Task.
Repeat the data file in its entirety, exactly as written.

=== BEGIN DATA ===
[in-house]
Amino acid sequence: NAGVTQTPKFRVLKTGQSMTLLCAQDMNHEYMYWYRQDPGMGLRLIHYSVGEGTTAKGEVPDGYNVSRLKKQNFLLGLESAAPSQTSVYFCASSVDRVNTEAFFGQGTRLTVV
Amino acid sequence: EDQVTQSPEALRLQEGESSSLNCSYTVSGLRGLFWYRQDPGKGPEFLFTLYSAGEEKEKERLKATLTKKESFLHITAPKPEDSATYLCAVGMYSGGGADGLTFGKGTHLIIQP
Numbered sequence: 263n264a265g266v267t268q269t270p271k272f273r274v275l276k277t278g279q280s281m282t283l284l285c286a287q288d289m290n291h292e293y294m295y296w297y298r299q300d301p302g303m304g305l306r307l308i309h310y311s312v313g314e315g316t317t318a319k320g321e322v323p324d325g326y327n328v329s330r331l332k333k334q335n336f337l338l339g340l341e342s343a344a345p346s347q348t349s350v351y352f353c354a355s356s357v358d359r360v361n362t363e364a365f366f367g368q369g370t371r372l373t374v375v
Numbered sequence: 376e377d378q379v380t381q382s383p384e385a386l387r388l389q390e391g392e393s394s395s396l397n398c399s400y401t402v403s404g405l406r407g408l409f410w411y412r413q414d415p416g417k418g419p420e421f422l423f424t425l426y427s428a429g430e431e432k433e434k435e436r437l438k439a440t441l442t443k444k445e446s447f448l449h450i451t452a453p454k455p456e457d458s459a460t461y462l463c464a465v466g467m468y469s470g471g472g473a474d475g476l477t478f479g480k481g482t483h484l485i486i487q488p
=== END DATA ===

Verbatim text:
[in-house]
Amino acid sequence: NAGVTQTPKFRVLKTGQSMTLLCAQDMNHEYMYWYRQDPGMGLRLIHYSVGEGTTAKGEVPDGYNVSRLKKQNFLLGLESAAPSQTSVYFCASSVDRVNTEAFFGQGTRLTVV
Amino acid sequence: EDQVTQSPEALRLQEGESSSLNCSYTVSGLRGLFWYRQDPGKGPEFLFTLYSAGEEKEKERLKATLTKKESFLHITAPKPEDSATYLCAVGMYSGGGADGLTFGKGTHLIIQP
Numbered sequence: 263n264a265g266v267t268q269t270p271k272f273r274v275l276k277t278g279q280s281m282t283l284l285c286a287q288d289m290n291h292e293y294m295y296w297y298r299q300d301p302g303m304g305l306r307l308i309h310y311s312v313g314e315g316t317t318a319k320g321e322v323p324d325g326y327n328v329s330r331l332k333k334q335n336f337l338l339g340l341e342s343a344a345p346s347q348t349s350v351y352f353c354a355s356s357v358d359r360v361n362t363e364a365f366f367g368q369g370t371r372l373t374v375v
Numbered sequence: 376e377d378q379v380t381q382s383p384e385a386l387r388l389q390e391g392e393s394s395s396l397n398c399s400y401t402v403s404g405l406r407g408l409f410w411y412r413q414d415p416g417k418g419p420e421f422l423f424t425l426y427s428a429g430e431e432k433e434k435e436r437l438k439a440t441l442t443k444k445e446s447f448l449h450i451t452a453p454k455p456e457d458s459a460t461y462l463c464a465v466g467m468y469s470g471g472g473a474d475g476l477t478f479g480k481g482t483h484l485i486i487q488p